Highlights and lowlifes

So we took back the House. But Trump will be more dangerous than ever to our rights.


A close up of a map

Wanna discuss the mid-term results but couldn’t follow the hundreds of races unfolding nationally? No sweat. We’ve got you covered.

Let our quick-and-dirty guide fill you in on the big details.

The big picture

As expected, Democrats retook the house, winning 220 seats to the GOP’s 193 seats (with 22 races still undecided). And as expected, Republicans kept the Senate, winning 51 seats over Democrats’ 45 seats (with 4 races still undecided).

While Senate Republicans will still be able to rubber-stamp Trump’s many judicial appointments across the nation (ugh), putting conservatives on a path to dominate the courts for a generation, Democrats will have a bit more power to protect Mueller’s investigation into Trump.

Also, House Representative Maxine Waters is now the chair of the house financial services committee. “Trump’s tax returns,” anyone?

If House Dems force votes on social issues beloved by all Americans — like protecting healthcare and increasing voter access — and then use the GOP’s “no” votes against them, they could build a serious case for 2020.

Dems made serious pickups in the Midwest, signaling a potential return to the liberal fold after a brief flirtation with Trumpism. However, the continued dominance of the Florida GOP was one of the most disturbing trends of the election.

Our favorite candidates lost…

Texas Democratic senatorial candidate Beto O’Rourke lost to Grandpa Munster (Ted Cruz) and Florida’s Democratic gubernatorial candidate Andrew Gillum lost to a man who appealed to the racism of older white voters.

And right now, Georgia Democratic gubernatorial candidate Stacey Abrams is fighting to ensure that every vote gets counted from her contest with Brian Kemp, a battle that has been marked by Kemp’s attempts to suppress black turnout as Georgia secretary of state.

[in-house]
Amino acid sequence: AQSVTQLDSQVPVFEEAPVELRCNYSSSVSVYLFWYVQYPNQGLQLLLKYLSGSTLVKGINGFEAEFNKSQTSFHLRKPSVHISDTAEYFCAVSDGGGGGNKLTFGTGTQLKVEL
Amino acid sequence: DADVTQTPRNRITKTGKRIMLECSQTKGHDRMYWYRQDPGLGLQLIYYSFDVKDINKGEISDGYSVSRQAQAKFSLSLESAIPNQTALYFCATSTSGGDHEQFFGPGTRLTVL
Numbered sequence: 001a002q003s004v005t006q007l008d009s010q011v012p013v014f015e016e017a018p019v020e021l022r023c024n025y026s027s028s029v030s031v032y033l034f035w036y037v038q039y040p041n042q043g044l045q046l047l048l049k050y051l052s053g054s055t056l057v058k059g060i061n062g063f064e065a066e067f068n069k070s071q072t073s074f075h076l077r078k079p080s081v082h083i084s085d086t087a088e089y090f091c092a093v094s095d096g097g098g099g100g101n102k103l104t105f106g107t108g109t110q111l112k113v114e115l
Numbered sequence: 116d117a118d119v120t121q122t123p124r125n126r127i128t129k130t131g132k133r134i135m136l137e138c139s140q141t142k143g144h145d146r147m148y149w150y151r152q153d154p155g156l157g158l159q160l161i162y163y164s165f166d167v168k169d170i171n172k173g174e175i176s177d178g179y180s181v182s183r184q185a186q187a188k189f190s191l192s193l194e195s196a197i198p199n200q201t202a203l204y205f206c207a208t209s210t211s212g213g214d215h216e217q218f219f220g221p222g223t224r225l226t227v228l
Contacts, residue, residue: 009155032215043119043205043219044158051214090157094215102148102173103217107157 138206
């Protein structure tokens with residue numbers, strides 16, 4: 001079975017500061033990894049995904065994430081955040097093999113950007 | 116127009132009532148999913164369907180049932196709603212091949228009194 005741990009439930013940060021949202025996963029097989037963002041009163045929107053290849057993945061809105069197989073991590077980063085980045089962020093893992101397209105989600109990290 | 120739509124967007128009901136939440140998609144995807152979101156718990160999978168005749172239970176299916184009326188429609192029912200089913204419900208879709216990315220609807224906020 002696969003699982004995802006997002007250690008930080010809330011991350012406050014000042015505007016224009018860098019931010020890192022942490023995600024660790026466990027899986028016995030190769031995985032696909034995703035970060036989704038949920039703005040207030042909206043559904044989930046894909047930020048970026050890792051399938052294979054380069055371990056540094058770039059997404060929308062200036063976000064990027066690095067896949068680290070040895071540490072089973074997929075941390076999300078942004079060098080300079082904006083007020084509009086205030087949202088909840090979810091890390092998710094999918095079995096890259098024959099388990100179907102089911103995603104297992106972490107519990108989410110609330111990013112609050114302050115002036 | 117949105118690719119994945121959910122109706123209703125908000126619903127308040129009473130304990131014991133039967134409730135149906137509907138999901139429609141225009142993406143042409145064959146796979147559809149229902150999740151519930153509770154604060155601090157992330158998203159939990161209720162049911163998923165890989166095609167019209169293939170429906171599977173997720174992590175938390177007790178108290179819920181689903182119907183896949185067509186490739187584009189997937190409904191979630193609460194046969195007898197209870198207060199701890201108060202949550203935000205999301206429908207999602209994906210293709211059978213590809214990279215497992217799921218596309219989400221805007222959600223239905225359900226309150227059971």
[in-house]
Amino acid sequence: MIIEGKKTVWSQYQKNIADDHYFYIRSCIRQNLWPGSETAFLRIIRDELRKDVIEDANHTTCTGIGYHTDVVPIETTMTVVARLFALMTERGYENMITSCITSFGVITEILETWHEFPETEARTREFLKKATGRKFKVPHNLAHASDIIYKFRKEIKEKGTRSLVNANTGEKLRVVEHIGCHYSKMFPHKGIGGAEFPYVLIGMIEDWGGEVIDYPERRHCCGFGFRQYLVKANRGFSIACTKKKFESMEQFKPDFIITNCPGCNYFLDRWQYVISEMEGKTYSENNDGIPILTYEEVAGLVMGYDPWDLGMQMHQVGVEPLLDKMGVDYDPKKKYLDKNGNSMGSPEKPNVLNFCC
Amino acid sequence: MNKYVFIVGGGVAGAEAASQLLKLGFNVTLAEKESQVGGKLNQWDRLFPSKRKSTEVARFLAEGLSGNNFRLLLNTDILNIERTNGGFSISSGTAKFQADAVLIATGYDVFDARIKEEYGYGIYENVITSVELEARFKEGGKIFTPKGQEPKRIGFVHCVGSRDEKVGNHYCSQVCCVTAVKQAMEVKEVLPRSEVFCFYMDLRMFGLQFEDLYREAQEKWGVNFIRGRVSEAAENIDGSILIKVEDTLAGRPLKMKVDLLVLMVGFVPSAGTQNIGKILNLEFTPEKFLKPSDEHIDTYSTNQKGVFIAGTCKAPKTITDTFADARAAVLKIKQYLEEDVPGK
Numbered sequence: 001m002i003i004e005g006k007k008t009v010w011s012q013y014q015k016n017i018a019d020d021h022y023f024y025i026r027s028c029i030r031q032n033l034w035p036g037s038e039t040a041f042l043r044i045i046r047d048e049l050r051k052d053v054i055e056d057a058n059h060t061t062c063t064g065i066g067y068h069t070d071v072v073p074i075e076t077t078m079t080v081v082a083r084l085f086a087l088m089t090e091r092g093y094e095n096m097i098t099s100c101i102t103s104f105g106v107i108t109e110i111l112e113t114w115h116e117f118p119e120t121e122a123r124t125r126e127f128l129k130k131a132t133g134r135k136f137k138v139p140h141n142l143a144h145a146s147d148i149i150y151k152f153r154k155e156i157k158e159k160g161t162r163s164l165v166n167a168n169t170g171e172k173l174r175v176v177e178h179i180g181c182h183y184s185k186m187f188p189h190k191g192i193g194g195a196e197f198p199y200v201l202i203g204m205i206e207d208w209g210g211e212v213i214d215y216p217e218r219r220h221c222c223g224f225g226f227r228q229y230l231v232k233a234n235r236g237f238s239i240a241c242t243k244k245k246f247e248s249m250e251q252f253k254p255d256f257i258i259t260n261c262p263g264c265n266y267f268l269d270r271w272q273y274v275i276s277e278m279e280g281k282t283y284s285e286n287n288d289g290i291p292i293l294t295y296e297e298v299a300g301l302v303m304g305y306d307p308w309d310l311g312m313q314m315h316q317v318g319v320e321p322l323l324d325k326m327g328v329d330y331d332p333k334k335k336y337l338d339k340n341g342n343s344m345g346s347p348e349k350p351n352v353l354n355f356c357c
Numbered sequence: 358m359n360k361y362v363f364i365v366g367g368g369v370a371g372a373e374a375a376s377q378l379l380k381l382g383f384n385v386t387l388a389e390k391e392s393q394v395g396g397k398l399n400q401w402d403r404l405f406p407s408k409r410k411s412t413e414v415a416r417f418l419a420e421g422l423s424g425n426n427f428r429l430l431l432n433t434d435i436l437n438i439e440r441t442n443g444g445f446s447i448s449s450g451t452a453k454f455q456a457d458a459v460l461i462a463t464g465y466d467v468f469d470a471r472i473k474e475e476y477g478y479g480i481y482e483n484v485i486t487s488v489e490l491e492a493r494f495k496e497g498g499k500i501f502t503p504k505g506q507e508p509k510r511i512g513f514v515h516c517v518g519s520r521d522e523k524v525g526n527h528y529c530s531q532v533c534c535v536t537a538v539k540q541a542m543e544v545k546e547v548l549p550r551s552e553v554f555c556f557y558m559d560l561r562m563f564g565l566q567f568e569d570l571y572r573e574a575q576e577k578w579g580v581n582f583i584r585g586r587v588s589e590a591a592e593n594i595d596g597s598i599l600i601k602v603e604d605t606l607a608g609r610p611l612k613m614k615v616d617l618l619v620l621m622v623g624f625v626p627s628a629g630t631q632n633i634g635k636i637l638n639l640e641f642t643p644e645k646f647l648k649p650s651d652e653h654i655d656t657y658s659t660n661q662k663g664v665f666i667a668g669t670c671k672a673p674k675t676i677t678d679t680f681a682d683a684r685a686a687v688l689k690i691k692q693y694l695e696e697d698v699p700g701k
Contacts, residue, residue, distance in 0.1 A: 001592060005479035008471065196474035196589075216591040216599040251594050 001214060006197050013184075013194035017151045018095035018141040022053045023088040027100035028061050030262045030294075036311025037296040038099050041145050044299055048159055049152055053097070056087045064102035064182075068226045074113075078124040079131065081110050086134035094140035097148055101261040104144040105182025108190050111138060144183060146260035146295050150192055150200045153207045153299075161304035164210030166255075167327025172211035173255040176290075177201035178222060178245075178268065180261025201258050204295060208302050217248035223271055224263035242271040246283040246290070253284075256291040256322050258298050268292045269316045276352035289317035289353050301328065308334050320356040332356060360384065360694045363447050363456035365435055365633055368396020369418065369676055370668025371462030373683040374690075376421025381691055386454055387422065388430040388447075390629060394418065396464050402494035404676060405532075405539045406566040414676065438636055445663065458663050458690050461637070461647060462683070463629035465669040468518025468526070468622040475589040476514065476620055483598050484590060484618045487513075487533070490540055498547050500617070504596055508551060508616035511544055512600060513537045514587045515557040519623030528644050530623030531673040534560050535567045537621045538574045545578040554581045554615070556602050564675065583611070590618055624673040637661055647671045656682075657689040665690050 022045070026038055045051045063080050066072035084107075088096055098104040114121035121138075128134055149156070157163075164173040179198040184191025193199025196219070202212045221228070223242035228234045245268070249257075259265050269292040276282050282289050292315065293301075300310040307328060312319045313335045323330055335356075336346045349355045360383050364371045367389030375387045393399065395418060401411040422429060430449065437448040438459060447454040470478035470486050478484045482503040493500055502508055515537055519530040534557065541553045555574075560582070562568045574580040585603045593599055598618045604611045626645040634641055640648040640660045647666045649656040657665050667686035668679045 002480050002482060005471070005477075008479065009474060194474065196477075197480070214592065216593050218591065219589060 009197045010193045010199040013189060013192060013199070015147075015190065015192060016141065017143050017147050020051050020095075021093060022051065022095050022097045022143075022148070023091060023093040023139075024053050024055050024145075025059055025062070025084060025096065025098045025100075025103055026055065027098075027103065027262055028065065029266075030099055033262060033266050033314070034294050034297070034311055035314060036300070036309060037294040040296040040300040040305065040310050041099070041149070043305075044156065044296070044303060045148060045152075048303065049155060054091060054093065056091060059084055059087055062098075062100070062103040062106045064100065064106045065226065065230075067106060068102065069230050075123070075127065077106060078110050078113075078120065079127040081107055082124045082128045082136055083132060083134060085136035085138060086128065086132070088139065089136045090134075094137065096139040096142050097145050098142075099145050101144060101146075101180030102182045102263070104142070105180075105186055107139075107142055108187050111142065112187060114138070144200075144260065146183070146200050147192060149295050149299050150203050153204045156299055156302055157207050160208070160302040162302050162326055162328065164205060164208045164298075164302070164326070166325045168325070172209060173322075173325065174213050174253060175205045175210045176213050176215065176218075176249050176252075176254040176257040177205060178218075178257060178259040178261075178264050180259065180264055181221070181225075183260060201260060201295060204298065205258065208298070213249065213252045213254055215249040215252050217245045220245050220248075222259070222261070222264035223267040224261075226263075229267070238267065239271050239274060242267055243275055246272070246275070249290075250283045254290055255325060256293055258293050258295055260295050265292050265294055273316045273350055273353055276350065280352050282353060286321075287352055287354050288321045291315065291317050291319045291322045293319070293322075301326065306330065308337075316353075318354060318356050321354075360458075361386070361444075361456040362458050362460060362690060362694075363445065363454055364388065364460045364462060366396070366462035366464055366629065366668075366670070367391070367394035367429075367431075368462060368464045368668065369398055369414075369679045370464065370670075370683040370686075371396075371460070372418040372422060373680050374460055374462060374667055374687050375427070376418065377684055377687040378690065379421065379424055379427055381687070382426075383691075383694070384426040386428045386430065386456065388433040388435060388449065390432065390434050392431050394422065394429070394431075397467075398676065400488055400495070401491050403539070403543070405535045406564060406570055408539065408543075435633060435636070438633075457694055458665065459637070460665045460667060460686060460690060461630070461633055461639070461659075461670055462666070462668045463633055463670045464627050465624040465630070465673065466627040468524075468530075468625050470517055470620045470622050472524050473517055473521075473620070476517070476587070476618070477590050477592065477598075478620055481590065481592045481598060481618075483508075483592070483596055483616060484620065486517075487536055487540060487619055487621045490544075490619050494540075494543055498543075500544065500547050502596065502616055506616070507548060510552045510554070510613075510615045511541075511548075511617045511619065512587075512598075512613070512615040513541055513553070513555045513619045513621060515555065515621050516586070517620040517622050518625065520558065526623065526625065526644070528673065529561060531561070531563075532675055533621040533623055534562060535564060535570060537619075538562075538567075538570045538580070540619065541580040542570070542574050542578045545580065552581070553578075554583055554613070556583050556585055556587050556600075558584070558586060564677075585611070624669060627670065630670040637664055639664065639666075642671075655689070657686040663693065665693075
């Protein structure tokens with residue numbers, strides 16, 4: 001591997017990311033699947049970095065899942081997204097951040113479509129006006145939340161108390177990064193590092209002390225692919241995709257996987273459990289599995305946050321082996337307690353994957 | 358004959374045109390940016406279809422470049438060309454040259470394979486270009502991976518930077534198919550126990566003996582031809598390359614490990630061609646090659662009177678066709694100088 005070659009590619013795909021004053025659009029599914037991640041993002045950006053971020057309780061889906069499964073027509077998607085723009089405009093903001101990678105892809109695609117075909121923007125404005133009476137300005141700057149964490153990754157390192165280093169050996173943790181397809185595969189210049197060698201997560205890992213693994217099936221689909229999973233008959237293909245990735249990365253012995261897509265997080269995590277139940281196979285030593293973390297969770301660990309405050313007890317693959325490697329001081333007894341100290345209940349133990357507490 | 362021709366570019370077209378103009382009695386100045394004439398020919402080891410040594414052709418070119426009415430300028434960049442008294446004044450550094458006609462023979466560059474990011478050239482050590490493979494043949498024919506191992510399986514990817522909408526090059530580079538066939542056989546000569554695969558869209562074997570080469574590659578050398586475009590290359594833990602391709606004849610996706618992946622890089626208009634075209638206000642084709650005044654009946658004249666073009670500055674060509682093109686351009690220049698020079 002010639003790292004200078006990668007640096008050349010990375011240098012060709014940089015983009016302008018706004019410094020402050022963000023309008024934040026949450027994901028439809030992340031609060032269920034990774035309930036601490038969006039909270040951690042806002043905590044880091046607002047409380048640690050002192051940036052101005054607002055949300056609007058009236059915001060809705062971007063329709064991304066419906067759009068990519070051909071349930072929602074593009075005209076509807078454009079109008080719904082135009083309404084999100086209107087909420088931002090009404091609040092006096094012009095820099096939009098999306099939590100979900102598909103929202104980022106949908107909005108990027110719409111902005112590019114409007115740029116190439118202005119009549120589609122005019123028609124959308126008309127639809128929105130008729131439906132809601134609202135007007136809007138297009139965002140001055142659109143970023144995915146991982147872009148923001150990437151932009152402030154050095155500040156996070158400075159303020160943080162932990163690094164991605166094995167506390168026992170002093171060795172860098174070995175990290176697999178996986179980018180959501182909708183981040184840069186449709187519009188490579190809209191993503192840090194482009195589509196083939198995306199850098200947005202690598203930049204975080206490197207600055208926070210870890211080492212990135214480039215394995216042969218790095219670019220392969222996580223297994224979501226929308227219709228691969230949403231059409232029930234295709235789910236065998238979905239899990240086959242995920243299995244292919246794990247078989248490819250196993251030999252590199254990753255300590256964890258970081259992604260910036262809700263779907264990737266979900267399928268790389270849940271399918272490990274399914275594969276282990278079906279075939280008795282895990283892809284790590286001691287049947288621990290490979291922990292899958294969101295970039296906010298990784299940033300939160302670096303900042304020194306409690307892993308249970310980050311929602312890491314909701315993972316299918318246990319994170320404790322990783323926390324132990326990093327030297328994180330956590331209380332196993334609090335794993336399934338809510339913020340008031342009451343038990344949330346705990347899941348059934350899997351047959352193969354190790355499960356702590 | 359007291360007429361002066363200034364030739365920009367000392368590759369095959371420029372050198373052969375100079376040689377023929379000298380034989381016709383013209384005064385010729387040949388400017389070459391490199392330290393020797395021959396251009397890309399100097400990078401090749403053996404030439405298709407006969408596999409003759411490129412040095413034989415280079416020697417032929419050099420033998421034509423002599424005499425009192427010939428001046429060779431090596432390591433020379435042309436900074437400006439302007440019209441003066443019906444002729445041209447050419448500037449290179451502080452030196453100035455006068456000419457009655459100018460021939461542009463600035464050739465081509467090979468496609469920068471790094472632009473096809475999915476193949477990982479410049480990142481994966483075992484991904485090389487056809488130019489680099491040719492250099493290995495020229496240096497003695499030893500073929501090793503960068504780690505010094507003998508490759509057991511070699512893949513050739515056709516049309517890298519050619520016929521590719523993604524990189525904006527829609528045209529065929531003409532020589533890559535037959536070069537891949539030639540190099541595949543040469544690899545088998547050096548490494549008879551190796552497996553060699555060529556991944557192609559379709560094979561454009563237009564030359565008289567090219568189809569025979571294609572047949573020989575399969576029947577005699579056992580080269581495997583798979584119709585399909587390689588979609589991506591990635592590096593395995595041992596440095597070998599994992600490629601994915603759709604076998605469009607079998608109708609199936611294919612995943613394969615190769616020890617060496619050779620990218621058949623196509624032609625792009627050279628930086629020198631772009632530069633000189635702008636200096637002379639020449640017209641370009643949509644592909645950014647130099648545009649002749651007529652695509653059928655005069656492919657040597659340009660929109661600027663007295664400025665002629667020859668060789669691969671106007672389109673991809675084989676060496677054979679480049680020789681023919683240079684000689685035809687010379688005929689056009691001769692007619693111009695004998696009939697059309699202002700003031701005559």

… but we got a lot of serious pro-LGBTQ wins.

Seriously, don’t get too down, there were so many. Here are just a few of the higher profile races:

Jared Polis became the first openly gay man to be elected as a state governor. Bisexual governor Kate Brown won her re-election campaign in Oregon. Wisconsin senator Tammy Baldwin coasted to re-election against her anti-LGBTQ competitor.

Out Pennsylvania state legislator Brian Sims won his re-election campaign. Kansas elected Native-American lesbian Sharice Davids to Congress. Guam elected its first openly gay Lieutenant Governor,  Joshua Tenorio.

While trans candidate Christine Hallquist lost her Vermont governor’s race, trans New Hampshire candidate Lisa Bunker and trans New Hampshire state rep Gerri Cannon both emerged victoriously.

Pro-LGBTQ ally Zach Wahls won his race for the Iowa state senate. (Keep your eye on him — he’ll eventually go national.)  Openly gay candidate J.D. Ford beat his anti-gay Republican opponent to become an Indiana state senator.

Kentucky County Clerk Kim Davis (who refused to issue marriage licenses to a gay couple) lost her re-election campaign. North Carolina’s “Gays for Trump” founder Peter Boykin lost his race for the North Carolina House. (Good.) Venomously Republican Wisconsin governor Scott Walker was defeated by Democratic opponent Tony Evers.

A lot of cool ballot measures won too.

Florida, Georgia, Kentucky, and Louisiana all approved Marsy’s Law, a set of constitutional amendments that offer protections for victims of violent crimes.

Louisiana voters approved Amendment 2, eliminating a Jim Crow law that allowed non-unanimous juries in felony trials. This will help reduce the number of people of color in prison.

Florida restored the voting rights of 1.5 million ex-cons, something that could help the next time a person of color runs for office, perhaps setting the stage for a Florida partisan turnaround.

Arkansas and Missouri increased the minimum wage to $12 over the next few years.

Michigan legalized recreational weed, and Missouri and Utah legalized medical marijuana.

Michigan approved eight voting laws that’ll drastically increase voter turnout.

Massachusetts rejected a nefarious attempt to overturn protections for transgender people.

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